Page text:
Prevention History of Corrections—Punishment or Rehabilitation? - Colonial And Earlypost-revolutionary Periods
prisoners punishment individual enlightenment
Just as in Europe, physical punishment was common in colonial America. Americans used stocks, pillories, branding, flogging, and maiming—such as cutting off an ear or slitting nostrils—to punish offenders. The death penalty was used frequently. In 1636 the Massachusetts Bay Colony listed thirteen crimes that warranted execution, including murder, practicing witchcraft, and worshipping idols. In early New York State, 20% of offenses, including pickpocketing, horse stealing, and robbery, were capital crimes (warranting the death penalty).
Jails were used to hold prisoners awaiting trial or sentencing or as debtors' prisons, but were not the punishment itself. The Puritans of Massachusetts believed that humans were naturally depraved, which made it easier for some of the colonies and the first states to enforce harsh punishments. In addition, since Puritans believed that humans had no control over their fate (predestination), many early Americans felt there was no need for rehabilitation.
The Quakers, led by William Penn, made colonial Pennsylvania an exception to the harsh practices often found in the other colonies. The early criminal code of colonial Pennsylvania abolished executions for all crimes except homicide, replaced physical punishments with imprisonment and hard labor, and did not charge the prisoners for their food and housing.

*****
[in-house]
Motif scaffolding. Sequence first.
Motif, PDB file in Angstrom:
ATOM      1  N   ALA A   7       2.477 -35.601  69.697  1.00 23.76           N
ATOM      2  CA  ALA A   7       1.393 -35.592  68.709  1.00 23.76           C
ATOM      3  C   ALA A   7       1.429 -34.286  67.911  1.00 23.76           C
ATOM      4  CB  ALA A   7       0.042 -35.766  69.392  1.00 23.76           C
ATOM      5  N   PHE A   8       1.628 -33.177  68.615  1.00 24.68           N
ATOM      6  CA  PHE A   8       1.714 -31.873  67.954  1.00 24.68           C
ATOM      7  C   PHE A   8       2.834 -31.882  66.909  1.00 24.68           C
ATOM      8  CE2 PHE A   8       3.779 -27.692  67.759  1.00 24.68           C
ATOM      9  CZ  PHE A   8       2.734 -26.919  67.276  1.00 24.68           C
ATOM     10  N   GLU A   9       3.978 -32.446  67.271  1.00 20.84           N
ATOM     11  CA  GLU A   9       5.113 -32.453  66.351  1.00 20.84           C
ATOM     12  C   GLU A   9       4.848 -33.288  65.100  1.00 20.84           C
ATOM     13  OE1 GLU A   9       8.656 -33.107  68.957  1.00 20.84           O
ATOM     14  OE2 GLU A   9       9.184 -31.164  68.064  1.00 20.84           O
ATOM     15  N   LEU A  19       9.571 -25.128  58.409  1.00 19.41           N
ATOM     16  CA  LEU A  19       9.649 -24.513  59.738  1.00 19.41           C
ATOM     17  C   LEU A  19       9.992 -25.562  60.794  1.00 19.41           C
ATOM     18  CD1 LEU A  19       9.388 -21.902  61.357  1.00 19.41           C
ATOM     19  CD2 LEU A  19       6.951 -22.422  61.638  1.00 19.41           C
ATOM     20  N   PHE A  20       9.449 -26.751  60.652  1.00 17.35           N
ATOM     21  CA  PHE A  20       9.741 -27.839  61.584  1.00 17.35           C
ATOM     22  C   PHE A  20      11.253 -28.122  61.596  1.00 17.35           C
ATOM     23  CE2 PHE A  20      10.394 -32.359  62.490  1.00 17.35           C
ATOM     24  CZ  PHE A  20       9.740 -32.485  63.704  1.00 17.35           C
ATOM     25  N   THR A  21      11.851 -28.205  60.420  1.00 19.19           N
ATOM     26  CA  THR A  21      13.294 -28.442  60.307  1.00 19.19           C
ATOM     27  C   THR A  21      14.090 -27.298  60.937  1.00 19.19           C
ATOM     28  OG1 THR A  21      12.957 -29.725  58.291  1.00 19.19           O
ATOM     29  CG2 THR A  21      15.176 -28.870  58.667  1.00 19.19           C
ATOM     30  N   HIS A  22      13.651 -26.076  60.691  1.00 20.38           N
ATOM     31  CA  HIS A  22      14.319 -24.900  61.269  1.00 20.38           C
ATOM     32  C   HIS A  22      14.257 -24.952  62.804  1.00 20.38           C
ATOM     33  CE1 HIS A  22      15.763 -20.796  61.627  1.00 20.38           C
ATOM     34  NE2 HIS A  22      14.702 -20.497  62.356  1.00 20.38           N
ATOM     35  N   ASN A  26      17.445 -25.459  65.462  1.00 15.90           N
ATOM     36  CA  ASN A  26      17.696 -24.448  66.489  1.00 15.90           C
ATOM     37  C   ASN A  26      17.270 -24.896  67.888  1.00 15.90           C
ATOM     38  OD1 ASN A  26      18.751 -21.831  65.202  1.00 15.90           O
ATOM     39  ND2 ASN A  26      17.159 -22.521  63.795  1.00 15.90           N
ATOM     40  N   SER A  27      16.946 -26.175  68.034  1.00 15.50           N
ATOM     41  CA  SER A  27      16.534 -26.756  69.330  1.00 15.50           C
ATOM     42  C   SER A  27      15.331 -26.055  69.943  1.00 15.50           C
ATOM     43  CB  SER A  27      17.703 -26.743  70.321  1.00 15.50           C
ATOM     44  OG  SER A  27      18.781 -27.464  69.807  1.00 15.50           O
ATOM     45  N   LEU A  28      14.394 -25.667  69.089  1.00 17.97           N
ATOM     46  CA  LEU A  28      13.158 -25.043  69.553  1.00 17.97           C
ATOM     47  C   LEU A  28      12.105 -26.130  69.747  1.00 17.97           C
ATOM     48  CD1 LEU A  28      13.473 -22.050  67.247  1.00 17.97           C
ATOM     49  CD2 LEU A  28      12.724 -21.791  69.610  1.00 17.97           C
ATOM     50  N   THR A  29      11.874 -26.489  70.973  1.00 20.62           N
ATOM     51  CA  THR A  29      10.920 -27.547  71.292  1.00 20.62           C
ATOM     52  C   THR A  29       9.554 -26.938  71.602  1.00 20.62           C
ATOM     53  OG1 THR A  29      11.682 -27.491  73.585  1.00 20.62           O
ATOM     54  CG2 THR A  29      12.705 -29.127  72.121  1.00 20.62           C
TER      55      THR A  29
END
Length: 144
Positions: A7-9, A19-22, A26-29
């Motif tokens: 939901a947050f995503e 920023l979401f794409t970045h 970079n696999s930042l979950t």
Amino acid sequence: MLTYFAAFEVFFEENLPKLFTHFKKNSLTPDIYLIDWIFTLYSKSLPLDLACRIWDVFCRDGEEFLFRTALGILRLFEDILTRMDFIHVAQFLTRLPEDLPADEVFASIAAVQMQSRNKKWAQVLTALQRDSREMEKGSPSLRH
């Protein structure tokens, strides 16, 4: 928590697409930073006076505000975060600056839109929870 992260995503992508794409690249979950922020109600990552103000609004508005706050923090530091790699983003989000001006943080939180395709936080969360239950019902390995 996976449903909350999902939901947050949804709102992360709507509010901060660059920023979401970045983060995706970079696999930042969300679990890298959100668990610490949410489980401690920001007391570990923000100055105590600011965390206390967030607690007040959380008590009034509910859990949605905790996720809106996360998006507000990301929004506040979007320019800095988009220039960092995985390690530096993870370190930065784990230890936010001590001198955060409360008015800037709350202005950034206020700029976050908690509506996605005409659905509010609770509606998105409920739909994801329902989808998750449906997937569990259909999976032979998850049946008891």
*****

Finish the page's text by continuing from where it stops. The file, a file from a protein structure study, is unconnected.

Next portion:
Ideas of the Enlightenment
The philosophy of the Enlightenment (the Age of Reason) emphasized the importance of the individual. After the French Revolution of 1789, which was based on the ideas of the Enlightenment, western European countries abolished torture as a form of punishment and emphasized that the punishment should fit the individual's crime(s). Rather than inflicting pain as the main element of correction, the idea of changing the individual became the goal. The French Revolution, however, also introduced the guillotine, a sophisticated beheading machine.
In England, John Howard (1726–90) wrote The State of the Prisons in England and Wales (1777), in which he described the horrible treatment of prisoners. Howard thought that prisoners should not be harassed by keepers who extorted from them, nor should they have to suffer malnutrition and disease. He advocated segregating prisoners by age, sex, and type of crime; paying the staff; hiring medical officials and chaplains; and supplying prisoners with adequate food and clothing.
Howard called the facilities "penitentiaries" (from the word "penitent," meaning to be ashamed or sorry for committing a sin or offense) because he based his ideas on the Quakers' philosophy of people repenting, reflecting on their sins, and changing their ways. Public concern led the British Parliament to pass the Penitentiary Act of 1779; it called for the first secure and sanitary penitentiary. The law eliminated the charging of fees. Prisoners would live in solitary confinement at night and work together silently during the day. Nonetheless, although Parliament passed the law, it did not actually go into effect until the opening of Pentonville Penitentiary in North London in 1842.